Bernini's approach to working with white marble was also innovative. He once observed that the very material itself produces a pallor that distorts the natural visage, similar to the effect of a person fainting. Bernini's technique of offsetting this pallor was to produce "effects of colour" using numerous tricks, exaggerations, and distortions, such as drilling more deeply in certain places to create "accents of shadows" and presenting the figure in such a way as to catch the light. This approach is evident in his Bust of Pope Gregory XV, with his creation of shadows around the eyes, the sinuses, the wrinkles at the corners of the eyes, and even the pupils themselves.
Bernini once noted, "Mere resemblance is not sufficient. One must express what goes on in the heads of heroes." No doubt the artist viewed his subject, the leader of the Catholic Church, as an heroic figure. The result of Bernini's efforts was impressive, as one writer observed:
The young sculptor succeeded in giving an admirable impression of the character and mood; the dignity and uprightness of the law-giver is combined with the personal humility and sensitivity of the priest. The physical weakness of the flesh is contrasted with the spiritual resolve of a reforming pope.
While he worked on the marble bust, Bernini also created two identical bronze casts of the bust. These are currently on display in the Musée Jacquemart-André in Paris, France, and in the Carnegie Museum of Art in Pittsburgh, Pennsylvania, USA. It is generally believed that the two bronze busts were created as replicas, but recent studies seem to show that the bronze bust in Paris was a first specimen, chiselled by Bernini, and destined for a leading Roman collector.
The bust was only rediscovered as an authentic work by Bernini in the 1980s. It had been in the hands of an English nobleman, and then an antiques dealer, before being recognised as a Bernini by Nicholas Meinertzhagen, a dealer in antiquarian books. Meinertzhagen, who had purchased the bust around 1978 for £240, managed to sell it on at a price of £132,000. The next buyer, Norman Leitman, managed to achieve a much higher price when he sold it to via the auctioneers Sotheby's to Canadian collectors for £2.78m - the price had risen dramatically after art historian Irving Lavin had commented that "In my opinion the bust is not only the original, it is wholly autograph (i.e. by the master's own hand) and one of the most perfect and important of Bernini's early works." These Canadian collectors were a couple, Joey and Toby Tanenbaum, who then donated the piece to the Art Gallery of Ontario. However, the circumstances of the donation are not entirely clear. The Tanenbaums had tried to sell the piece in 1990 for US$ 7m, but the auction at Christie's failed to reach that target and the bust was withdrawn from that sale.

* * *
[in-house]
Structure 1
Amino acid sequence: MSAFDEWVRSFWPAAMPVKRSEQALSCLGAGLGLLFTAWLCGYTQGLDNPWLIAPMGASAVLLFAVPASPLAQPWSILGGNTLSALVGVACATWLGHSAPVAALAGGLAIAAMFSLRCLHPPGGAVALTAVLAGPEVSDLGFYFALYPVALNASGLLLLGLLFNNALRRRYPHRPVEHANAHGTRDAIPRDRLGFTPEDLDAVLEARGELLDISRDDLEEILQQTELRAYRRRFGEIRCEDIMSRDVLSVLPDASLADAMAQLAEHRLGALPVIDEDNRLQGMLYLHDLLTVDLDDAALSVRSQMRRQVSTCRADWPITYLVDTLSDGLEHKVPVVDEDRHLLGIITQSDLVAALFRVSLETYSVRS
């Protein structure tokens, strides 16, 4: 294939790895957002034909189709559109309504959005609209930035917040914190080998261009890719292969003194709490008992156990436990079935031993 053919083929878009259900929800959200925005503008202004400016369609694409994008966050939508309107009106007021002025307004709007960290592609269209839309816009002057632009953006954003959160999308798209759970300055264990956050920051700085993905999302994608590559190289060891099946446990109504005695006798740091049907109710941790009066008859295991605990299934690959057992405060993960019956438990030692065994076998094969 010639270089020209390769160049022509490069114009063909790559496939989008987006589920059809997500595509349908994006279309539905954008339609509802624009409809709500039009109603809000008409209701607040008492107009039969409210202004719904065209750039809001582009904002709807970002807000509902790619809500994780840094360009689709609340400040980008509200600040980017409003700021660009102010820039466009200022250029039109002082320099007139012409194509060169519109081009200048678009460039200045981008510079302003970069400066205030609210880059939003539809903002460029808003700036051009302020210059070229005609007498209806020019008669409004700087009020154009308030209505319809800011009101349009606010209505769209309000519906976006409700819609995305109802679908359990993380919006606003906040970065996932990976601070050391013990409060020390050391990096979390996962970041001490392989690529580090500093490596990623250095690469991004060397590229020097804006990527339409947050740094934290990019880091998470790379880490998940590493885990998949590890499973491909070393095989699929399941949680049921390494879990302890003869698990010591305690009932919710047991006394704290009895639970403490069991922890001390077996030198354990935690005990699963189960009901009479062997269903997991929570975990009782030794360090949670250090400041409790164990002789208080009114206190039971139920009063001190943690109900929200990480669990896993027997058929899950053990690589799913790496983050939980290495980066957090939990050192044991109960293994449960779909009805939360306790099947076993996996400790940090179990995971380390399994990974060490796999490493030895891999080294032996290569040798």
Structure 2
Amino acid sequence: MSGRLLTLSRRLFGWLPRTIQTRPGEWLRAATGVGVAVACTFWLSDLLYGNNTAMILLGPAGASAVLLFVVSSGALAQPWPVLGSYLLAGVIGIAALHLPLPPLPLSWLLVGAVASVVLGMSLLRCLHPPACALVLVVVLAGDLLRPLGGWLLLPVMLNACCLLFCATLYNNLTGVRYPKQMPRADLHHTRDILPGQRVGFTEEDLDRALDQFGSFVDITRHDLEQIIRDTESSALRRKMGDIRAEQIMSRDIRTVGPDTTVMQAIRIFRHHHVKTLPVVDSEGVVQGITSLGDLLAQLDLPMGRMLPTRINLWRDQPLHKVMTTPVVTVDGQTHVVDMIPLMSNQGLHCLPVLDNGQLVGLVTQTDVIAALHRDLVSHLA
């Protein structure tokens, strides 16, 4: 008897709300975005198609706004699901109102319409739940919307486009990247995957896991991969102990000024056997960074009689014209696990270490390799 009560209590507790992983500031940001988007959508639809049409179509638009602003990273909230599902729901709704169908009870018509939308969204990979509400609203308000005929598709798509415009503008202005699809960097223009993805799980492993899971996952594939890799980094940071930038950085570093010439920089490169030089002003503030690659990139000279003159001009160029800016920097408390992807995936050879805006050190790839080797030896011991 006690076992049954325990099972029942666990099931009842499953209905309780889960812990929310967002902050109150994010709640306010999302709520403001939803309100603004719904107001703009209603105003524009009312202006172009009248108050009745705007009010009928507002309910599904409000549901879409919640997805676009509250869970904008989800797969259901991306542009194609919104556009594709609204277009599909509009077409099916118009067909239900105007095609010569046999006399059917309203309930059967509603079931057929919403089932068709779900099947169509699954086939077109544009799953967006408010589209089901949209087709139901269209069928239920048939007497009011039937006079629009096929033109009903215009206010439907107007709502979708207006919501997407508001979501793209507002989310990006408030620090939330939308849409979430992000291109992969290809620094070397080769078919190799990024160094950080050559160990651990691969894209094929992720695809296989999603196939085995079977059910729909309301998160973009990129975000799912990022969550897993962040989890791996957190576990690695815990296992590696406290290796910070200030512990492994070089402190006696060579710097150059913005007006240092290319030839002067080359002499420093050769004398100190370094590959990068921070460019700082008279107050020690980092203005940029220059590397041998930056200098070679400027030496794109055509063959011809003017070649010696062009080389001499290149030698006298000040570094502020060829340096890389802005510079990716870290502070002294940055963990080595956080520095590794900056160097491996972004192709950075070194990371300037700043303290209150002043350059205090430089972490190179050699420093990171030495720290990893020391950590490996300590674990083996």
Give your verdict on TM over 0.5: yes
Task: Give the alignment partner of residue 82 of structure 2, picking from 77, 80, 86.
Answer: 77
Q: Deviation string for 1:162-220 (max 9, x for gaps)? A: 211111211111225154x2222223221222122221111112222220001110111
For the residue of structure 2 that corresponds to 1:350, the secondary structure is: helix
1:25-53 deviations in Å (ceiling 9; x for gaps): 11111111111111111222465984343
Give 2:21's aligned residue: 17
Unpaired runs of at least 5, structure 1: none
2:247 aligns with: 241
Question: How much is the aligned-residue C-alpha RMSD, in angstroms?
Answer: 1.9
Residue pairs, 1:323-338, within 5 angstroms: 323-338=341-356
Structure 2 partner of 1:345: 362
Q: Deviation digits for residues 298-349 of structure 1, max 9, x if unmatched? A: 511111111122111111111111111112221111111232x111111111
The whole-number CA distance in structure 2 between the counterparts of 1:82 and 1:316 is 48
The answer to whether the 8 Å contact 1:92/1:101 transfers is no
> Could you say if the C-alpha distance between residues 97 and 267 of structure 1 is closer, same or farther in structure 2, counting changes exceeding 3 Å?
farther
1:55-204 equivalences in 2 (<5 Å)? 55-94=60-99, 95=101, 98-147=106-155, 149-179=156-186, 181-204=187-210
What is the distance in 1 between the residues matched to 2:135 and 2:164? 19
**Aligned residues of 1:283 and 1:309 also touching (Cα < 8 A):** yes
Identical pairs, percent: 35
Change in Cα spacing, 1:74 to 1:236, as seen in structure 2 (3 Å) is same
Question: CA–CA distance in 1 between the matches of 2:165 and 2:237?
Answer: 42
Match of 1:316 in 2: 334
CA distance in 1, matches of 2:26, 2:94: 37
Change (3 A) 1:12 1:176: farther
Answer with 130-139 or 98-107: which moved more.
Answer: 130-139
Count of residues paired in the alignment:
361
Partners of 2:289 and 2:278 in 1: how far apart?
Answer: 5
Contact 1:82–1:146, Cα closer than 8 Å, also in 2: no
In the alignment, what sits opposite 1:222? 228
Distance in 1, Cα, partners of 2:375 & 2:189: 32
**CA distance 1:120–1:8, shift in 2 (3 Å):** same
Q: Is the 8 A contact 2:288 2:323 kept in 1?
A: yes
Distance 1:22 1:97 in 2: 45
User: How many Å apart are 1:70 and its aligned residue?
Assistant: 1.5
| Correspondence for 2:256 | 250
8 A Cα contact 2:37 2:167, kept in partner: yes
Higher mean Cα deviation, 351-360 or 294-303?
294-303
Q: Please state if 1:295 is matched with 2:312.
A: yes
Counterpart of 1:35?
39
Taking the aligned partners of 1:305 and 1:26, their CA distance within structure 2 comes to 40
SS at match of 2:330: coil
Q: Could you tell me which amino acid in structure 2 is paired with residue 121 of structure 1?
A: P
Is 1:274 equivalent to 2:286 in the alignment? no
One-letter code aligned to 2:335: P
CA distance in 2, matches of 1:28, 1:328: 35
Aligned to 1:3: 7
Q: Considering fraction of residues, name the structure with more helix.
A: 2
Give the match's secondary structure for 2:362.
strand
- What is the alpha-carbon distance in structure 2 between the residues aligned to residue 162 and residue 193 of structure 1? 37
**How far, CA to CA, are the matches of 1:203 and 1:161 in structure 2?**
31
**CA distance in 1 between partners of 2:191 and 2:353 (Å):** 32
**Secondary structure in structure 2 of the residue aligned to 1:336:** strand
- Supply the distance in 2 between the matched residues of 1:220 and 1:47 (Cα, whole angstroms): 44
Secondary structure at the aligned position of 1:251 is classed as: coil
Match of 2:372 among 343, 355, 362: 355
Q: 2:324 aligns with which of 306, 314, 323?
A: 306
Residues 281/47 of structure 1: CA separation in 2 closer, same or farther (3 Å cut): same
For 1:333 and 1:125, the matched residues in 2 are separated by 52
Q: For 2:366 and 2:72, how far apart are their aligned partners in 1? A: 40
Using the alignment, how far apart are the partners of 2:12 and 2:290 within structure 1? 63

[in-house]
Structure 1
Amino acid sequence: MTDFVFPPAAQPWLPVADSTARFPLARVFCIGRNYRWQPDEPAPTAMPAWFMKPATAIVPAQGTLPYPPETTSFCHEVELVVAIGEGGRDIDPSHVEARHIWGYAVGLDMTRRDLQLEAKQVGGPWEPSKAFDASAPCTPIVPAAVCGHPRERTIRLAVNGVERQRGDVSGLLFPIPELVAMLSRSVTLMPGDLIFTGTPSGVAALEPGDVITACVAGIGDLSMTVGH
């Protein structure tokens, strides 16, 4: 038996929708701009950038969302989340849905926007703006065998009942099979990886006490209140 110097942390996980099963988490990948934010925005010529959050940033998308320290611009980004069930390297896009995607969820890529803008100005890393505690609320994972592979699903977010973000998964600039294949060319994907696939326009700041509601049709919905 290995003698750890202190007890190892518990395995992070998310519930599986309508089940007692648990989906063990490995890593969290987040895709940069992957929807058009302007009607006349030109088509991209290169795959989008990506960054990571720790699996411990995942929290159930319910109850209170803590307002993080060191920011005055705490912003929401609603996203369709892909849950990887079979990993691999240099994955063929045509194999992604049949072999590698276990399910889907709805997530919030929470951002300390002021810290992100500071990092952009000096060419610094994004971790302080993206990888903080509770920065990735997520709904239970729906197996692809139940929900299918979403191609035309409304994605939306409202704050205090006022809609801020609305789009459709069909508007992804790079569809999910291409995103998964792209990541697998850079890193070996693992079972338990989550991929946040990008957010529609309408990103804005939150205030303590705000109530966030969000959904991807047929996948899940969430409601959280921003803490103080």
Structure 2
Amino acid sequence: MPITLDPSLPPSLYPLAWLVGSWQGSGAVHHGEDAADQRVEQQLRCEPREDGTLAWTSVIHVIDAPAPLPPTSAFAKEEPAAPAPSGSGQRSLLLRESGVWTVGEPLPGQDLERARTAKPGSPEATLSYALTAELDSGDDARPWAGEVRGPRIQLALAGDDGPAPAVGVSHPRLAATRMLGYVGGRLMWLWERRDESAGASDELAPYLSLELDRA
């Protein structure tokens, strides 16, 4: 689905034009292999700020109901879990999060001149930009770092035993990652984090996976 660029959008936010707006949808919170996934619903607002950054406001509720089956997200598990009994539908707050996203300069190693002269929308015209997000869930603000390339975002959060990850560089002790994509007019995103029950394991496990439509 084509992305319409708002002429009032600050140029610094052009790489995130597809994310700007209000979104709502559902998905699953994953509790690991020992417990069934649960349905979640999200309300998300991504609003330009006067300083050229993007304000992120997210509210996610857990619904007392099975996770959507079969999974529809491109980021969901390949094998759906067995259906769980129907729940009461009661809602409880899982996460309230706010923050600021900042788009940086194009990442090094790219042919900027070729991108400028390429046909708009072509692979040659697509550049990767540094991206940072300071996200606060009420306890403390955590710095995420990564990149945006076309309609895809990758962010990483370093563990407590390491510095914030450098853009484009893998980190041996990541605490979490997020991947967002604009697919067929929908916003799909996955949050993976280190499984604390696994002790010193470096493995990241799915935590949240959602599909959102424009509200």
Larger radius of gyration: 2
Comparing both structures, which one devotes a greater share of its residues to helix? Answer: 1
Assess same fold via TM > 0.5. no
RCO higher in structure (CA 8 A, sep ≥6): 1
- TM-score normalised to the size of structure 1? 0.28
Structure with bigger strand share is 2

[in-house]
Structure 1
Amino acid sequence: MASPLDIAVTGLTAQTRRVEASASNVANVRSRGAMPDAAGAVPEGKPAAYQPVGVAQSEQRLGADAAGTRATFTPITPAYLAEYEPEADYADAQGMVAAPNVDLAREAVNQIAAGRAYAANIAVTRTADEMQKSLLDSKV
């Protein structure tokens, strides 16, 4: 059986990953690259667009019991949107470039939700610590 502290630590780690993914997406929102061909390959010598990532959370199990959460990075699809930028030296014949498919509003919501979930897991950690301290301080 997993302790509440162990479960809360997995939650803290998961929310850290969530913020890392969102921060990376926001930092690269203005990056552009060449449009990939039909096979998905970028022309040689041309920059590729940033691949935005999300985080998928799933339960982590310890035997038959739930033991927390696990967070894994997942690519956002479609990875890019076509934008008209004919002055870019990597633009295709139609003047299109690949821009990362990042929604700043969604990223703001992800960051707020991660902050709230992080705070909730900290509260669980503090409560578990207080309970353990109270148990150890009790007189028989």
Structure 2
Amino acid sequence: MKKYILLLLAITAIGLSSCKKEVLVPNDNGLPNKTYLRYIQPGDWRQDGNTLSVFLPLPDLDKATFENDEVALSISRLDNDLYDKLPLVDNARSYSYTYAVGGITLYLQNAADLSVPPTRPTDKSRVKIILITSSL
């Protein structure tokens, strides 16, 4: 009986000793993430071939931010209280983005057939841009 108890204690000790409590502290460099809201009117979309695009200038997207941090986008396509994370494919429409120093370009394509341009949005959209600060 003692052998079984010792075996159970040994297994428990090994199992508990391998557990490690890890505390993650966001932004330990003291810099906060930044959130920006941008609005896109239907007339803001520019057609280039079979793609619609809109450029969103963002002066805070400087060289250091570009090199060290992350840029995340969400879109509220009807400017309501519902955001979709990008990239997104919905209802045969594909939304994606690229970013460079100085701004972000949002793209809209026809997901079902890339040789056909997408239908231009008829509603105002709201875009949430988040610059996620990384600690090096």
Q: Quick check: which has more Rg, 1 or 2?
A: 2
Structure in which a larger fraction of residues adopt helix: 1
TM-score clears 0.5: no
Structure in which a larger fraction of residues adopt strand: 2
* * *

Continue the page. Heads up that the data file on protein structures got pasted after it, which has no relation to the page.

- Wittkower 1955, p. 236.
- Avery 1997, p. 39.
- "Bust of Pope Gregory XV". Art Gallery of Toronto. Retrieved August 6, 2013.
- Mormando 2011, p. 63.
- Avery 1997, p. 40.
- "Bust of Pope Gregory XV". Musée Jacquemart-André. Retrieved August 6, 2013.
- "Bust turns to boom for a Bernini.". The Canberra Times (ACT : 1926 - 1995) (ACT: National Library of Australia). 12 January 1990. p. 11. Retrieved 9 November 2013.
- Daily Gazette, Jan 11 1990. http://news.google.com/newspapers?id=JHkhAAAAIBAJ&sjid=iokFAAAAIBAJ&pg=3746%2C2185882
- Avery, Charles (1997). Bernini: Genius of the Baroque. London: Thames and Hudson. ISBN 9780500286333.
- Baldinucci, Filippo (2006) . The Life of Bernini. University Park: Pennsylvania State University Press. ISBN 9780271730769.
- Bernini, Domenico (2011) . The Life of Giano Lorenzo Bernini. University Park: Pennsylvania State University Press. ISBN 9780271037486.
- Mormando, Franco (2011). Bernini: His Life and His Rome. Chicago: University of Chicago Press. ISBN 9780226538525.
- Wittkower, Rudolf (1955). Gian Lorenzo Bernini: The Sculptor of the Roman Baroque. London: Phaidon Press. ISBN 9780801414305.